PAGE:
Some of these businesses still exist, like Rocco’s, still the best pastry shop on Bleecker Street.

Ottomanelli’s meat market also remains on Bleecker; you can see part of the old-school sign in the photo below (though unfortunately the antique store and children’s store next door are both kaput).

The other shops have vanished. Something Special Cakes and Pies? What looks like a charming bakery seems to have disappeared without a trace. Can anyone identify the block the little shop is on?

Joe’s Dairy, the wonderful Italian cheese store on Houston and Sullivan Streets, hung on until 2013. The workers behind this tiny store made the most heavenly balls of mozzarella. See the cheese hanging in the windows.

Greenwich Village still has plenty of antique stores, but not quite as homey as the Village Oaksmith.

Where was this antiques store? And for that matter, does anyone recognize this colorfully painted tenement with the former Bazaar shop on the ground floor?

According to the sign in the window, it had already gone out of business. I wish I knew what the landlord was asking in rent.

[All photos: copyright Peter van Wijk]

What remains of a Gansevoort Street restaurant

July 15, 2017

In 1938, the short, unremarkable building at 69 Gansevoort Street was home to R & L Lunch—a luncheonette that I imagine primarily fed the men who worked in the Meatpacking District (but hey, ladies invited, per the sign!).

Forty-seven years later, Florent Morellet turned what became R & L Restaurant into Florent, the legendary 24-hour haunt of late nighters, club kids, sex workers, and New Yorkers who enjoyed eating brunch in a place that often felt like a party.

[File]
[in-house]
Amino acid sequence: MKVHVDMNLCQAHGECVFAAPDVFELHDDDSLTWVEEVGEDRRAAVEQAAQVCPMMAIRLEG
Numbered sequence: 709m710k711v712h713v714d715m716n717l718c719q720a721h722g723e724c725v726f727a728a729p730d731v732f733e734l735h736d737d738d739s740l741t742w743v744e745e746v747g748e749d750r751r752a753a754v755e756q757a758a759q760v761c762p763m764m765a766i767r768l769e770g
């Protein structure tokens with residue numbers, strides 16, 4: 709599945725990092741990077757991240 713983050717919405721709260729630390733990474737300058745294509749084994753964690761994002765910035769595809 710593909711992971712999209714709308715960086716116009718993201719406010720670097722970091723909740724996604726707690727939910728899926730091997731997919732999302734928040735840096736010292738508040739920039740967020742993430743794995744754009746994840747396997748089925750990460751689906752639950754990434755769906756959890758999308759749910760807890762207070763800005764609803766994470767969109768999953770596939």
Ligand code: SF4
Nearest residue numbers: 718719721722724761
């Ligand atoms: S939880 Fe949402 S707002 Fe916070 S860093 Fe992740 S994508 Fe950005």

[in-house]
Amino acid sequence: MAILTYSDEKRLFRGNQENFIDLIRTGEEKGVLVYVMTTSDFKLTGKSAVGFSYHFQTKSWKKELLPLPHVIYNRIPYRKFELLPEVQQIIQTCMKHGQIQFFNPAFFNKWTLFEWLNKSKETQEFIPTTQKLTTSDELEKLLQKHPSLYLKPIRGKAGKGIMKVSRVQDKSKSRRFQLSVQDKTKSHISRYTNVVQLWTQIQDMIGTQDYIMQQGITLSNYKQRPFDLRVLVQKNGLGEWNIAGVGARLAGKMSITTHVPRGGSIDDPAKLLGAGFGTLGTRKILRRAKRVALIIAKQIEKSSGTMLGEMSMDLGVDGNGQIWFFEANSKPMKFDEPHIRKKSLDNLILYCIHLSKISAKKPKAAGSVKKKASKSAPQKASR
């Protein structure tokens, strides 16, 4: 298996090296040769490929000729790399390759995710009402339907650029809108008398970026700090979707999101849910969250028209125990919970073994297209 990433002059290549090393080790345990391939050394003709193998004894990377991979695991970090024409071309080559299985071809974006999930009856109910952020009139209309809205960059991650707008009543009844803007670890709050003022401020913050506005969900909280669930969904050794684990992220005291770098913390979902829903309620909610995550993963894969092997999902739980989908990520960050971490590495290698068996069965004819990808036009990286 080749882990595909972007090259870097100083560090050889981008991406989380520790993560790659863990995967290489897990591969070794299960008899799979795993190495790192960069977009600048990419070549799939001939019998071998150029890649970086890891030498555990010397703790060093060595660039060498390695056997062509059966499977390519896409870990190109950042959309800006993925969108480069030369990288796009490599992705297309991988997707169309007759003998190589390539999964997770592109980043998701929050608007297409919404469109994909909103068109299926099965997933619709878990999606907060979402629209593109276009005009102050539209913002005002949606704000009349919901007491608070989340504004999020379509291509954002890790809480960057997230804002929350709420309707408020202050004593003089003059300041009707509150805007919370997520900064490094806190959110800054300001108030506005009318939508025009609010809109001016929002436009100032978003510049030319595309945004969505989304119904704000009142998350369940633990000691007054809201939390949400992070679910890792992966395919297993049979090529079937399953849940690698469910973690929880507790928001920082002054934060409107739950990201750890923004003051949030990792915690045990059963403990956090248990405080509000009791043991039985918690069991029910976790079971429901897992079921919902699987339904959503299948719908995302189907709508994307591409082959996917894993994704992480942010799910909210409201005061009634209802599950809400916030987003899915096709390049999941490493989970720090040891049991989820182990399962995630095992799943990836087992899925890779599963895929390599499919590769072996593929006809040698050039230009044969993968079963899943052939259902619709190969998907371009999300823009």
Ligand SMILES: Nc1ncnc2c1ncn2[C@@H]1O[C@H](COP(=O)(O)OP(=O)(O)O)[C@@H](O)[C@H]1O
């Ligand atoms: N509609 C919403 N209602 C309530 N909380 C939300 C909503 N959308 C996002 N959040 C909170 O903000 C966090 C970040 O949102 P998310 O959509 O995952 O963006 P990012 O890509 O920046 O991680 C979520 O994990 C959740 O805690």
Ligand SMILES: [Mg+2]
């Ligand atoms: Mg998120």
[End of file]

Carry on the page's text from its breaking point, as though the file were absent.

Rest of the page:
Below, Florent in the mid to late 1980s; note the pink neon Florent sign in the window.

Florent closed in 2008. The space housed a couple of short-lived restaurants, if I remember correctly, and now this time capsule of a storefront has recently transformed into a branch of a national fashion chain.

At least they kept that wonderful aluminum sign, which these days is one of the last authentic pieces of the days when the Meatpacking District actually was home to meatpacking plants.

[Top photo: Sol Libsohn via Jeremiah’s Vanishing New York; second photo: New York City Department of Records Photo Gallery]

A Dutch sailor’s photos of the New York of 1979

July 3, 2017

In 1979, Peter van Wijk was a radio officer in the Dutch Merchant Marine. That summer, his ship docked a couple of times in New York Harbor, giving him the opportunity to visit Manhattan and wander the streets.

Like all curious newcomers to New York, he brought a camera along with him, and he took photos of iconic tourist spots like the Empire State Building, the World Trade Center, and Times Square.